As of September 2023, there are 33.6 million cars on the road in the UK [1], and an estimated 1.48 billion vehicles on the road globally [2]. Given their importance to life as we know it, you may assume cars are well secured; but this is not always the case. This whitepaper will focus on the key fobs used to gain access to the vehicles and rolling code security, while also testing a few vehicles against known vulnerabilities. At the end, a potential remediation is recommended.

Flipper Zeros and Car Hacking:

To demonstrate the vulnerabilities in this paper we have used a Flipper Zero, however we felt it important to discuss a few points, especially with talks of banning the Flipper Zero in Canada. While the videos below show its use to gain physical access to cars, these exploits are NOT practically possible using a Flipper Zero and it cannot be used to go out and steal cars in the ways shown in this paper. This is partly due to the requirement of jamming in the attack chain, which we have omitted from this test as it is illegal. The Flipper Zero uses a Texas Instruments CC1101 [8] transceiver with a maximum transmit power of 12 dBm [9] (roughly 15mW). At this power level, effectively jamming a signal is not on the table. It’s not even in the dining room. The Flipper Zero also cannot transmit and receive simultaneously, so any capture while jamming would be impossible with a singular device.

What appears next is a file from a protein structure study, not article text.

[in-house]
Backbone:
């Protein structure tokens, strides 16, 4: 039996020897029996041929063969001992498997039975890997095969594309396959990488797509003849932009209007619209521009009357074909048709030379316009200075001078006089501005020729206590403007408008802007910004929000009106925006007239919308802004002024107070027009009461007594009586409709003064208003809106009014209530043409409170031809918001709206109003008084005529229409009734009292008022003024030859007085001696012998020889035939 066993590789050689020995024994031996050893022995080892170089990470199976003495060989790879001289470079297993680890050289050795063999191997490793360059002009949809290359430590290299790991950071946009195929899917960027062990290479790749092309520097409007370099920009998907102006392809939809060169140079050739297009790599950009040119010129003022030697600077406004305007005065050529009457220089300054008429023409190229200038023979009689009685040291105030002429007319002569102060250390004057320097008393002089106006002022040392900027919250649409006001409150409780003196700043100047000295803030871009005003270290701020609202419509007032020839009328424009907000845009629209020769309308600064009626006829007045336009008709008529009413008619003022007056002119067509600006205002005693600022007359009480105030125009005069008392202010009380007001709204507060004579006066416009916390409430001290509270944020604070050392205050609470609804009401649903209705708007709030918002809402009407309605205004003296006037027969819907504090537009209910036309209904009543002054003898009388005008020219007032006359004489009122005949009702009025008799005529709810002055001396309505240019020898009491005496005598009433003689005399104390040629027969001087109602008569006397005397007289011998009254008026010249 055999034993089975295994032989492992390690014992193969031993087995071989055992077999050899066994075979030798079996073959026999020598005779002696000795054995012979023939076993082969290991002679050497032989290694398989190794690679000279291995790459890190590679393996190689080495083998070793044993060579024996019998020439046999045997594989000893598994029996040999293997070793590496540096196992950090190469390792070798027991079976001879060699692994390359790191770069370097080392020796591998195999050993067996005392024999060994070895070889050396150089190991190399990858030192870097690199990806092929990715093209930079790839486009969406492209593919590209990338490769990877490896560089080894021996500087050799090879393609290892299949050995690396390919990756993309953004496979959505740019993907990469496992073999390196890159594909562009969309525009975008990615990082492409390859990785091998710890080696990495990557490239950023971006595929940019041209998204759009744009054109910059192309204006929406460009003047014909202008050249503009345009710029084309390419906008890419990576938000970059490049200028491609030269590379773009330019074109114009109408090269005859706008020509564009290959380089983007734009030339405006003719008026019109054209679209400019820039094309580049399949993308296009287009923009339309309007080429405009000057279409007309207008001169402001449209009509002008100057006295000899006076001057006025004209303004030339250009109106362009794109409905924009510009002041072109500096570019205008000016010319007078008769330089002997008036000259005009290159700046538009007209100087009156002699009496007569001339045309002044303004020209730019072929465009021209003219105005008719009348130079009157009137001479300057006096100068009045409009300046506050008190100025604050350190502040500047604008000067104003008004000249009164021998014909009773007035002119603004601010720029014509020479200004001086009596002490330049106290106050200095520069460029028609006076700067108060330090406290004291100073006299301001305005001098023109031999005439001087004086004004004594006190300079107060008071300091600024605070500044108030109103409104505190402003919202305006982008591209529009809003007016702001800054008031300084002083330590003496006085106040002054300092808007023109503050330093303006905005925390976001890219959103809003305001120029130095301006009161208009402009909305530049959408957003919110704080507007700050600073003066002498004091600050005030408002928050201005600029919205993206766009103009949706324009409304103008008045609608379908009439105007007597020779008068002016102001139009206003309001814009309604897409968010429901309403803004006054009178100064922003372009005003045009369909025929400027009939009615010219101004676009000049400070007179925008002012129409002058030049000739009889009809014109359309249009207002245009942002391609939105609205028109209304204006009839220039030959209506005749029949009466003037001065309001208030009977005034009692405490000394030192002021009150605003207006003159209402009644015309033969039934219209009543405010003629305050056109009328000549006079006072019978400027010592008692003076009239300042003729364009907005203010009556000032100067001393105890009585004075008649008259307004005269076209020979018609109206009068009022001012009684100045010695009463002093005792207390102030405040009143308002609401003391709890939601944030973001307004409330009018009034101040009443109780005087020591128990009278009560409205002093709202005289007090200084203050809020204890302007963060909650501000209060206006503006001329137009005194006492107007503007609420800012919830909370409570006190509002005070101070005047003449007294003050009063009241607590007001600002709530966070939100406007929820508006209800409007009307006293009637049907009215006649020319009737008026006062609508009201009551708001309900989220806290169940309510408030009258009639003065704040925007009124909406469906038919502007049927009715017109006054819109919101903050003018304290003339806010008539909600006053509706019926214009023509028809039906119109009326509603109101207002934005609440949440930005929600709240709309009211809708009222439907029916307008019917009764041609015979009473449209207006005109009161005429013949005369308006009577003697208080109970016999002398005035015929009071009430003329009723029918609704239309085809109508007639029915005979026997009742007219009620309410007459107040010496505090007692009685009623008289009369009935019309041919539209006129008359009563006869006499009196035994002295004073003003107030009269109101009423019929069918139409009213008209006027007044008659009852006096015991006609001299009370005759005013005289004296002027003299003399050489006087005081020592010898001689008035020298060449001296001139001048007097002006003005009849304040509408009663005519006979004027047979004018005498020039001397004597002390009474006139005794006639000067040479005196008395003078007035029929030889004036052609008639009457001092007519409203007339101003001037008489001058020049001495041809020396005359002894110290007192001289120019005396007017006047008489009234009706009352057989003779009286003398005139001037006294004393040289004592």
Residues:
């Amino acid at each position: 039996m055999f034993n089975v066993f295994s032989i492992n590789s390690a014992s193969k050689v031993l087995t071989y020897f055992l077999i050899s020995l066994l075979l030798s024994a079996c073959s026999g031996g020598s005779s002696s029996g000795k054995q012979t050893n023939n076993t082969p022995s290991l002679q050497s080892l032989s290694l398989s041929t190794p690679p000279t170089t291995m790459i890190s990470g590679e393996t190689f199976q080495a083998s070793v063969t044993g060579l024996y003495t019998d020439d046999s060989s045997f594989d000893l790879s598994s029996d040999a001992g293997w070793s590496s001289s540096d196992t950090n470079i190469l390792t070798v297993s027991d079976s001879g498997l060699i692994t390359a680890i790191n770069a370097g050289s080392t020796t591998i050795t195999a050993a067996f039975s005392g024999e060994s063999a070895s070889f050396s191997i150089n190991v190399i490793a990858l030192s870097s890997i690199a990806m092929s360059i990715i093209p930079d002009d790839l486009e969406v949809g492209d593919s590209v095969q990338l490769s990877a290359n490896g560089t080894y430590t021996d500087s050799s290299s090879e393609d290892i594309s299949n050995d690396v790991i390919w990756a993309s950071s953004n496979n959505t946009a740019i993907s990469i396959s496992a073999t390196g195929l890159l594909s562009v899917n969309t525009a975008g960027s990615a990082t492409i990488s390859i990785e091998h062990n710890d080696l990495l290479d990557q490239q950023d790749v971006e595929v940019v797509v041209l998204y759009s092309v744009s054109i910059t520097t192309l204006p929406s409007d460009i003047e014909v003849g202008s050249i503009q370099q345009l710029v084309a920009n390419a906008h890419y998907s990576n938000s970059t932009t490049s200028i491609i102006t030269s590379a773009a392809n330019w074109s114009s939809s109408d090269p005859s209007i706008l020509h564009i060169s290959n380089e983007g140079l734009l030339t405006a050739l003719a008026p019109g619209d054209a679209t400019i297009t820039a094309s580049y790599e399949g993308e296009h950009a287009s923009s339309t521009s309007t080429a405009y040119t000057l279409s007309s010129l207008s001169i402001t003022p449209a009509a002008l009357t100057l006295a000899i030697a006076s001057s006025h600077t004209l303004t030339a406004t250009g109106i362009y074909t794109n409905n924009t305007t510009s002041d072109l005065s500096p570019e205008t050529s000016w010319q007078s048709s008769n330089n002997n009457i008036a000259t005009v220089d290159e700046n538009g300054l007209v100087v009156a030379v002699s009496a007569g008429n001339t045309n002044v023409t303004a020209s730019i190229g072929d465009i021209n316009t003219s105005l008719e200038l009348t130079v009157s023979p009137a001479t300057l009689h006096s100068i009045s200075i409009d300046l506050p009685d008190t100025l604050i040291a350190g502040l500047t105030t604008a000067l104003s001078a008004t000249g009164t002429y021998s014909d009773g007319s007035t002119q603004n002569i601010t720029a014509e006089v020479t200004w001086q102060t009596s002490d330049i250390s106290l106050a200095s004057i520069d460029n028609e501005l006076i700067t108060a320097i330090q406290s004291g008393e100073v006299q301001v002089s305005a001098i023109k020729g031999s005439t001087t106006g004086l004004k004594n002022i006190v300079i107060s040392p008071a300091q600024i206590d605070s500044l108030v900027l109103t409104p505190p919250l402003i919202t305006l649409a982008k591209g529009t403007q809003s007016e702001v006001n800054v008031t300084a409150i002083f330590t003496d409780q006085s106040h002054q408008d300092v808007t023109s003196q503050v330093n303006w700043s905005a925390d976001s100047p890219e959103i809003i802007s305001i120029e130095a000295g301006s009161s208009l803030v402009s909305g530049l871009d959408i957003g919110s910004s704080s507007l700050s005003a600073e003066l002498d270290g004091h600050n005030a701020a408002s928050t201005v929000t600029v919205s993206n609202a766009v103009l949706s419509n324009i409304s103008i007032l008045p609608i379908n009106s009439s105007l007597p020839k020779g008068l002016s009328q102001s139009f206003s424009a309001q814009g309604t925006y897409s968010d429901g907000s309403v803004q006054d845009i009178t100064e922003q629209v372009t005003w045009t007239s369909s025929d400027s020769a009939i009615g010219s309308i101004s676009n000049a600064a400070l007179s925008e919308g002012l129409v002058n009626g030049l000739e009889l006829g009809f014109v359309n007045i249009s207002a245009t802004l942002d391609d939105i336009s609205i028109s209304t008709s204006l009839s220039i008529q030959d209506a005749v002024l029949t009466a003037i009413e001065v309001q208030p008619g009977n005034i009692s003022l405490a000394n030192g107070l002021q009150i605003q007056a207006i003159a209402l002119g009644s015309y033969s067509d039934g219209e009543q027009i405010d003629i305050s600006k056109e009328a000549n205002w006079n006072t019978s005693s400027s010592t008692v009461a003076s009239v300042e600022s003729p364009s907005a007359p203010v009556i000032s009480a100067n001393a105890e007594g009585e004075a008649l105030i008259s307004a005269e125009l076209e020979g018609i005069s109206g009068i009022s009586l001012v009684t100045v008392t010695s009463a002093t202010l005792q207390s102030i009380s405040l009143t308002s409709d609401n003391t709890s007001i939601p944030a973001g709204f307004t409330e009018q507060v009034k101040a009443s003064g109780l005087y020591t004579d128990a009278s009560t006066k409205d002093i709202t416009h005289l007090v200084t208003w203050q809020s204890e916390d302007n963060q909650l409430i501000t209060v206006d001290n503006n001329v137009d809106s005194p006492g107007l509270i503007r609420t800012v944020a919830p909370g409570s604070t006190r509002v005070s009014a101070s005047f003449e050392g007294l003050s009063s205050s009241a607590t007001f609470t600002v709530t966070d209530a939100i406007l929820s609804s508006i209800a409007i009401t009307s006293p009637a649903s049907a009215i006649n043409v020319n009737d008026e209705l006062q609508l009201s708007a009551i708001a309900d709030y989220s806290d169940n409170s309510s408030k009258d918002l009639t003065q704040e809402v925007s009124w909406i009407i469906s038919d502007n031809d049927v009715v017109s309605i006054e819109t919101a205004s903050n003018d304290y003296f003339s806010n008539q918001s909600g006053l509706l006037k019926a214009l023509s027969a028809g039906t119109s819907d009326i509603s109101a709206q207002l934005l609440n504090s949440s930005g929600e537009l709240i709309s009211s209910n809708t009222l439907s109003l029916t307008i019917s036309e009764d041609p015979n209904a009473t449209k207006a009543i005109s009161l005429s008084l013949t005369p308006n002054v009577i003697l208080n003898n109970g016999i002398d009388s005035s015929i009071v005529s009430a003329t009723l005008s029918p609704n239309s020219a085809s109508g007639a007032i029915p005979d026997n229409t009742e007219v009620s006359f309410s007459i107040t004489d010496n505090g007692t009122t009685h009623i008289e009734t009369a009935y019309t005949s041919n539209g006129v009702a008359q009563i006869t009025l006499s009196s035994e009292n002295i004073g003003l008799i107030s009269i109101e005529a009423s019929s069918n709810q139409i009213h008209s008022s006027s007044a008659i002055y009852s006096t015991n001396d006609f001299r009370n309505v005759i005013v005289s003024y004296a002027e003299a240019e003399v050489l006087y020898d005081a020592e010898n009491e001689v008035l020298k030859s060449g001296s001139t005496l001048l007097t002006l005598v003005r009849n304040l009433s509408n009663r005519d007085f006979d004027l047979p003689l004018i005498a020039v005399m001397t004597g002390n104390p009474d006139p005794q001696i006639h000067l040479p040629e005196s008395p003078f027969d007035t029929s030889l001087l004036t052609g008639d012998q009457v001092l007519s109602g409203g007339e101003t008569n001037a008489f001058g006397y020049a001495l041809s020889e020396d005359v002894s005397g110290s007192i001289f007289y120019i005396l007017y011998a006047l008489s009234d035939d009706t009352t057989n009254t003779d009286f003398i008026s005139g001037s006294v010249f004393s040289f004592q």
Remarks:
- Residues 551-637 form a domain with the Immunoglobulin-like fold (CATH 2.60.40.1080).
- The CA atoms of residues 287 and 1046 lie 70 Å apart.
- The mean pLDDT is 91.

Tools such as the Flipper Zero do not introduce any new vulnerabilities, they just make it easier to exploit existing vulnerabilities. Banning tools such as the Flipper Zero does nothing to address the underlying vulnerabilities in products, whereas implementing regulations on automotive manufacturers mandating higher security directly addresses the issue.

Rolling Code: